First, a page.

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Care and Storage of Gloves, Blankets, and Sleeves

Electrical PPE in good condition is designed to protect the worker from the potential danger of electrical shock.  It is very important for workers to maintain the integrity of the equipment they use.

Gloves can be damaged by a variety of chemicals including (but not limited to) gasoline, hydraulic fluid inhibitors, hand creams, pastes and salves.  Only manufacturer’s glove powder should be used, NOT baby powder as it may cause damage to your gloves.

Gloves should NOT be stored in extreme HOT or COLD environments, and they should be kept out of direct sunlight and damp conditions. Rubber insulating gloves should ALWAYS be worn in conjunction with leather protectors, and stored in a glove bag when not in use.

Sleeves and blankets should NEVER be folded for storage or shipment.  This can cause creasing and cracking resulting in machine or visual failures.  Blankets and sleeves should be kept out of extreme HOT or Cold environments as well as out of sunlight.  Sleeves should be stored in a protective bag when not in use.  Blankets are to be rolled and stored in a blanket canister.

ALL electrical PPE should be visually inspected for holes, abrasions, and discoloration before EVERY use. PPE that is found to be damaged should not be used in the field for any reason, and should be marked and discarded or removed from the your work site.

Be sure to have your equipment regularly tested and certified, and follow these simple guidelines to prolong the life of your electrical PPE.

Shipping of Gloves, Blankets, and Sleeves for Testing

Proper packaging of your Electrical PPE for shipping will ensure that it arrives safely through transport to our facility for testing.

To ship gloves, package loosely or bagged as pairs in an appropriately sized box. Check to make sure box and gloves are free of any debris or particulates that could damage gloves during shipping. Any excessive room in larger boxes should be loosely packed with paper or bubble wrap, especially when shipped in conjunction with solid items such as hard hats or face shields. Please NEVER tape pairs together, as adhesives can compromise the integrity of rubber goods. For extra protection and added convenience on your site, gloves can be sent in their canvas storage bags or manufacturer’s boxes; at Elwood Safety we will gladly match and repackage your gloves to the individual boxes or bags you send them in so that you don’t have to!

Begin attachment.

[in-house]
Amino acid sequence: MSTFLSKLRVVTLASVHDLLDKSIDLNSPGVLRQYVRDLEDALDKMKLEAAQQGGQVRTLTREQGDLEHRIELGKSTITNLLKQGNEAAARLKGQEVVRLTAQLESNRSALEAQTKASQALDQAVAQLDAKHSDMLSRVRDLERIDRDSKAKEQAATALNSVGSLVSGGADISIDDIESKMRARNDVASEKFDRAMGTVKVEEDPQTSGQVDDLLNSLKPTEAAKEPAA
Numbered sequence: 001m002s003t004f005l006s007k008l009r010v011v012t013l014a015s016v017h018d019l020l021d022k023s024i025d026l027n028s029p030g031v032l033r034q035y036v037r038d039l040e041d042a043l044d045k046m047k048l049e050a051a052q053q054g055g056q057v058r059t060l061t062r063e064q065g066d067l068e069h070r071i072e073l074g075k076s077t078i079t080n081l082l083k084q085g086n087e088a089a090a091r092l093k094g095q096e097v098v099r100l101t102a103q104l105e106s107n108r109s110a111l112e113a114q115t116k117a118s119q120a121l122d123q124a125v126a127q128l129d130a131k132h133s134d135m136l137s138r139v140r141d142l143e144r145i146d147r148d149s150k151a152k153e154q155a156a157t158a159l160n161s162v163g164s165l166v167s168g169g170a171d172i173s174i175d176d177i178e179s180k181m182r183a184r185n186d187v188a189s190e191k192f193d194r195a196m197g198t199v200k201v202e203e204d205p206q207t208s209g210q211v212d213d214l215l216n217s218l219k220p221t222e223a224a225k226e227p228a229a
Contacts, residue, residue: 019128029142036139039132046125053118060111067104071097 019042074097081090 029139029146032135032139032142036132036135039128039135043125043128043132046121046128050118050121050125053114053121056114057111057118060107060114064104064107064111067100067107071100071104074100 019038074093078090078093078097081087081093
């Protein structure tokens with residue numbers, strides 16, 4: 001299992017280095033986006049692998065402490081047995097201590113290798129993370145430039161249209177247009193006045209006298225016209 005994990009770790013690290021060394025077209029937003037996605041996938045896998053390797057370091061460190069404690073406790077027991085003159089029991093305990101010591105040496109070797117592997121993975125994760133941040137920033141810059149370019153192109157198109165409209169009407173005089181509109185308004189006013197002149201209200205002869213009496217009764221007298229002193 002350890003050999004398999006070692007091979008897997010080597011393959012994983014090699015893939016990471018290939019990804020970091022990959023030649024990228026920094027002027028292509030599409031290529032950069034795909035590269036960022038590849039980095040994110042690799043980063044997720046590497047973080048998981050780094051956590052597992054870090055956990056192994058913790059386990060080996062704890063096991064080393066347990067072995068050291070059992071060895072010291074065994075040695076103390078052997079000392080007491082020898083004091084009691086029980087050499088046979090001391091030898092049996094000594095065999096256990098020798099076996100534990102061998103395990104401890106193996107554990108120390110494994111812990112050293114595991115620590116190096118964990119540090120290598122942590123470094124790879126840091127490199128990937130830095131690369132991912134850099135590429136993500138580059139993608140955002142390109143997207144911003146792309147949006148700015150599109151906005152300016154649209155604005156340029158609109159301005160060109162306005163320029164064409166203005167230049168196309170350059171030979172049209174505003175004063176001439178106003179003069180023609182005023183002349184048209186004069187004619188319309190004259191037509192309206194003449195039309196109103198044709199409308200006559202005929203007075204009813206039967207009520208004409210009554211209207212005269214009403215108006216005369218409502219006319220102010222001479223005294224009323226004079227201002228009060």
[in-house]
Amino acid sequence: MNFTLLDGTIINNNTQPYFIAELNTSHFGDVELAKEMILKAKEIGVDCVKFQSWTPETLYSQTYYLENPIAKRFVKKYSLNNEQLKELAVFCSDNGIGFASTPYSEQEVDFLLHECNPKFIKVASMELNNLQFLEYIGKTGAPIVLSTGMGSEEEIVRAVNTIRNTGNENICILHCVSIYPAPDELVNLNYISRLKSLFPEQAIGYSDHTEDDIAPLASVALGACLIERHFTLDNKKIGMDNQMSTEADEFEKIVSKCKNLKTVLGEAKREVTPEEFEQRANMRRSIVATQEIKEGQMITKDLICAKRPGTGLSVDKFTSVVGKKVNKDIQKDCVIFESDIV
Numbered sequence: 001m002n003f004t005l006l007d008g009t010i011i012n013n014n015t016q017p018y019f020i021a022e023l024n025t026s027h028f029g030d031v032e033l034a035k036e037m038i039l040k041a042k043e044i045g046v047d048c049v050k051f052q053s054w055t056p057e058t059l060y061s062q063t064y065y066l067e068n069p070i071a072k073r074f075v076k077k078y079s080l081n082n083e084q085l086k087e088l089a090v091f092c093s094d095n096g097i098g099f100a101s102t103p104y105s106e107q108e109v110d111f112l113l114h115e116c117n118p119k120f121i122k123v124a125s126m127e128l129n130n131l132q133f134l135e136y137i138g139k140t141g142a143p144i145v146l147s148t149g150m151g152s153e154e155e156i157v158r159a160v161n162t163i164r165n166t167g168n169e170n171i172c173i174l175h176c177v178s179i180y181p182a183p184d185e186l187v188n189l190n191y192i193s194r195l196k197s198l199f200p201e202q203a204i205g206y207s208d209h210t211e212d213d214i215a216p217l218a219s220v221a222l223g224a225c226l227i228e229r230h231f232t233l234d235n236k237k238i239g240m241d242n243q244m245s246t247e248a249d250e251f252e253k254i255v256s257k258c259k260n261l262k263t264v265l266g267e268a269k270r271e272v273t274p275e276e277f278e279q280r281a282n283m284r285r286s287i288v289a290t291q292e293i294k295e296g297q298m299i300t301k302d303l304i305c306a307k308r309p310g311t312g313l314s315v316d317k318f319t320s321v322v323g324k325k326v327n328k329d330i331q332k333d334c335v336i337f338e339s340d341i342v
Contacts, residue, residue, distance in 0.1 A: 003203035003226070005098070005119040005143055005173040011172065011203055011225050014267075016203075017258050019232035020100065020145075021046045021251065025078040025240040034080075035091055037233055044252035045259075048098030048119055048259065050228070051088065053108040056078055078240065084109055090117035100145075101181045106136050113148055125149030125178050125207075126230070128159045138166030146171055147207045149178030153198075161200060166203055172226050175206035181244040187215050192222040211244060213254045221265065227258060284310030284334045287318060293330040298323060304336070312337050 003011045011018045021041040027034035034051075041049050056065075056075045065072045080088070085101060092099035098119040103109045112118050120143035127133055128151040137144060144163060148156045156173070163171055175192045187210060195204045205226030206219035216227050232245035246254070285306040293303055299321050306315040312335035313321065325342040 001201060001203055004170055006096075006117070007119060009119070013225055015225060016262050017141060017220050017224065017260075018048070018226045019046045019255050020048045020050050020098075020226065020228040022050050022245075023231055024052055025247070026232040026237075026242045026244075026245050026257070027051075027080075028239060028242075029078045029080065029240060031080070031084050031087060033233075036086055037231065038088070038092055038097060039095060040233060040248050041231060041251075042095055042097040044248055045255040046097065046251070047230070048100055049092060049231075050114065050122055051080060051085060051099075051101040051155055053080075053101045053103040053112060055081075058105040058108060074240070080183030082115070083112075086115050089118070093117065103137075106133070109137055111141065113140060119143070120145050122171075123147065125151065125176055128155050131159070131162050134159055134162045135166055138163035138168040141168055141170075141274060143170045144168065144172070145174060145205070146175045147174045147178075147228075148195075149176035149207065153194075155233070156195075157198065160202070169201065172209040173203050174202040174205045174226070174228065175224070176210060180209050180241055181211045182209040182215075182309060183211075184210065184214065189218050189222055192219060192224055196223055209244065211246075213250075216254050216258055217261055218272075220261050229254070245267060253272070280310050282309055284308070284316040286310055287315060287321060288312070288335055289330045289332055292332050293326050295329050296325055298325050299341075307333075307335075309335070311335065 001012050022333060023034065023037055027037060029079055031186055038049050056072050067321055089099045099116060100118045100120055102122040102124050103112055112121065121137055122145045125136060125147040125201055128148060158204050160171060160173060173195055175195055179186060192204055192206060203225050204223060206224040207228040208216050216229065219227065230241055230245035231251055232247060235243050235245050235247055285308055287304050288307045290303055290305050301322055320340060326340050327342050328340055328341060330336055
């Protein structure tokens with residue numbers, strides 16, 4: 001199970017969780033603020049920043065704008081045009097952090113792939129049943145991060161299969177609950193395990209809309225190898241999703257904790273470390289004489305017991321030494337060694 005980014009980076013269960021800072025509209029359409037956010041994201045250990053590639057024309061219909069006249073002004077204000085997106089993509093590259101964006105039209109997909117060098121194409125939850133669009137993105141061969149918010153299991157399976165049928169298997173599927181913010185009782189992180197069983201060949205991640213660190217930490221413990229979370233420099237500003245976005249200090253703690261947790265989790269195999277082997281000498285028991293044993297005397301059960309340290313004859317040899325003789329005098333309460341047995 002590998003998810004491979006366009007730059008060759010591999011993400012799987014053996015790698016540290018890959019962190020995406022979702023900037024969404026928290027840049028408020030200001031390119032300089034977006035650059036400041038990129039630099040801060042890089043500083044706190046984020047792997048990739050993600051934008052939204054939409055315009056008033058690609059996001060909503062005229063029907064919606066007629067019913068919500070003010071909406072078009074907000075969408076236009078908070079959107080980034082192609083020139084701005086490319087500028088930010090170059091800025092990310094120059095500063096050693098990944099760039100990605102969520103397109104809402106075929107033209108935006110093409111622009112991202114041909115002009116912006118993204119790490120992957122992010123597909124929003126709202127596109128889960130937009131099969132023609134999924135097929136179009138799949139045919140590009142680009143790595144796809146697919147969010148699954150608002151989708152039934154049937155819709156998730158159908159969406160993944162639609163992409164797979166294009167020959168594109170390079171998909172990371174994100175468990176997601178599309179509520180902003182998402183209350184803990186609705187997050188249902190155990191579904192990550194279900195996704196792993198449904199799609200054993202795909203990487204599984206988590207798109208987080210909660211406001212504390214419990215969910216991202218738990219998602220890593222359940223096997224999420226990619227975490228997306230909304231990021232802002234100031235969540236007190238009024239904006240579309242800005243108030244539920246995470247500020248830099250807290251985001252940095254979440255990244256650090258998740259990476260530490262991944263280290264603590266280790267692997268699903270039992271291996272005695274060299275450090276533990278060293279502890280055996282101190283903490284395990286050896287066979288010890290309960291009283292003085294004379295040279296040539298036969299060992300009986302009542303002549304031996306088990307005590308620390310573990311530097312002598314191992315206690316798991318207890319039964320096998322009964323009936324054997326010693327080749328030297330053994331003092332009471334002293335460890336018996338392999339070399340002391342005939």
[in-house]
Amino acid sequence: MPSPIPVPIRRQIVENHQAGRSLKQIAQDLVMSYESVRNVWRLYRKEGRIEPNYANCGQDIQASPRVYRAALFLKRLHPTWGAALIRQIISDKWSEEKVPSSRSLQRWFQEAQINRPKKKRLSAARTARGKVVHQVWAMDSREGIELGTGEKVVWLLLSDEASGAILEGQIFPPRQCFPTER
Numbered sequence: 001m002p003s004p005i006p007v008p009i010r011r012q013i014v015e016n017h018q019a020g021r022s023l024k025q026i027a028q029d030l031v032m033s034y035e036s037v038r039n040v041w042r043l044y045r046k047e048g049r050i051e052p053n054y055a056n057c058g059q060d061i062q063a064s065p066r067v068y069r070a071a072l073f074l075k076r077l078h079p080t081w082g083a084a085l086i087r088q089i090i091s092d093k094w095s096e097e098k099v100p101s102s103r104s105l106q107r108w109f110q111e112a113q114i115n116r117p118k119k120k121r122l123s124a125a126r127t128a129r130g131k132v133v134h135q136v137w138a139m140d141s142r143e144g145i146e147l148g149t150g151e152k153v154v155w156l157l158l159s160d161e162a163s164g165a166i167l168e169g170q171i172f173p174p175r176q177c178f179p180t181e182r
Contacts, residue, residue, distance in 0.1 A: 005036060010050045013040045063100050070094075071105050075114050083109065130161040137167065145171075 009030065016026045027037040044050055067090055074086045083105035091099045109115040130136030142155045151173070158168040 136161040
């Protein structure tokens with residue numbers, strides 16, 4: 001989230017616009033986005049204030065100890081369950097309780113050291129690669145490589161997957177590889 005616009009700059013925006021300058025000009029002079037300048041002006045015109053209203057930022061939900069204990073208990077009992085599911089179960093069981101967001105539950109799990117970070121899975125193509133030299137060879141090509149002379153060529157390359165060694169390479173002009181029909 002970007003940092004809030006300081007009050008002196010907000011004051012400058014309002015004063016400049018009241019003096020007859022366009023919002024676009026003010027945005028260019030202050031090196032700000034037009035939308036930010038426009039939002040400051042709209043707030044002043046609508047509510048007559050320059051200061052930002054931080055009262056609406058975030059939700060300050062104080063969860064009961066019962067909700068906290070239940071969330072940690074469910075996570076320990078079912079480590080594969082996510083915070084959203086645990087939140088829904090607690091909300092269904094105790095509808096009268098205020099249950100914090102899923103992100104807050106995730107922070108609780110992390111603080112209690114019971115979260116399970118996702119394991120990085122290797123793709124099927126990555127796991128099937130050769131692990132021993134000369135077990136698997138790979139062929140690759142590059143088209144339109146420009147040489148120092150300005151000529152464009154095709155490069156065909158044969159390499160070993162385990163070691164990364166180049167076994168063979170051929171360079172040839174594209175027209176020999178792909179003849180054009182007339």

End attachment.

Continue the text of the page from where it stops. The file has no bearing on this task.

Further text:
To ship sleeves and blankets use shipping containers that are long enough to avoid folding equipment, as folding can cause creasing and cracking that can cause failures. Check box and equipment for any loose debris that can cause damage to rubber. Sleeves should be sent flat or gently rolled, lengthwise. Blankets should be securely rolled and sent in long boxes or blanket storage canisters. Rolled blankets or paired sleeves should NEVER be secured with tape, if necessary fabric strips can be used to tie rolled blankets.​

Care and storage of Hot Line Tools

Hot sticks are essential tools to be utilized in your protection on the job. With proper care, maintenance, and storage, you will not only ensure your safety but will be working to preserve the longevity of your equipment.

In both use and storage it is vital to avoid moisture build-up or contamination of your hotline tools. This can be prevented by ALWAYS storing your hot sticks in a closed, dry, environment, sheltered from the elements. Exposure to moisture on the job site is not always avoidable in inclement weather; however, steps can be taken to evade excessive exposure by NEVER laying your hot line tools directly on the ground or leaving them exposed to humid or precipitant weather when not in use.

ALL hotline tools should be cleaned, waxed, and thoroughly inspected for damage before EVERY use. Cleaning hot sticks not only allows for a better visual inspection but a glossy, clean, surface is simultaneously vital in repelling water on those days you’re caught working in dismal weather.

© Elwood Safety Ltd. 2012 all rights reserved.

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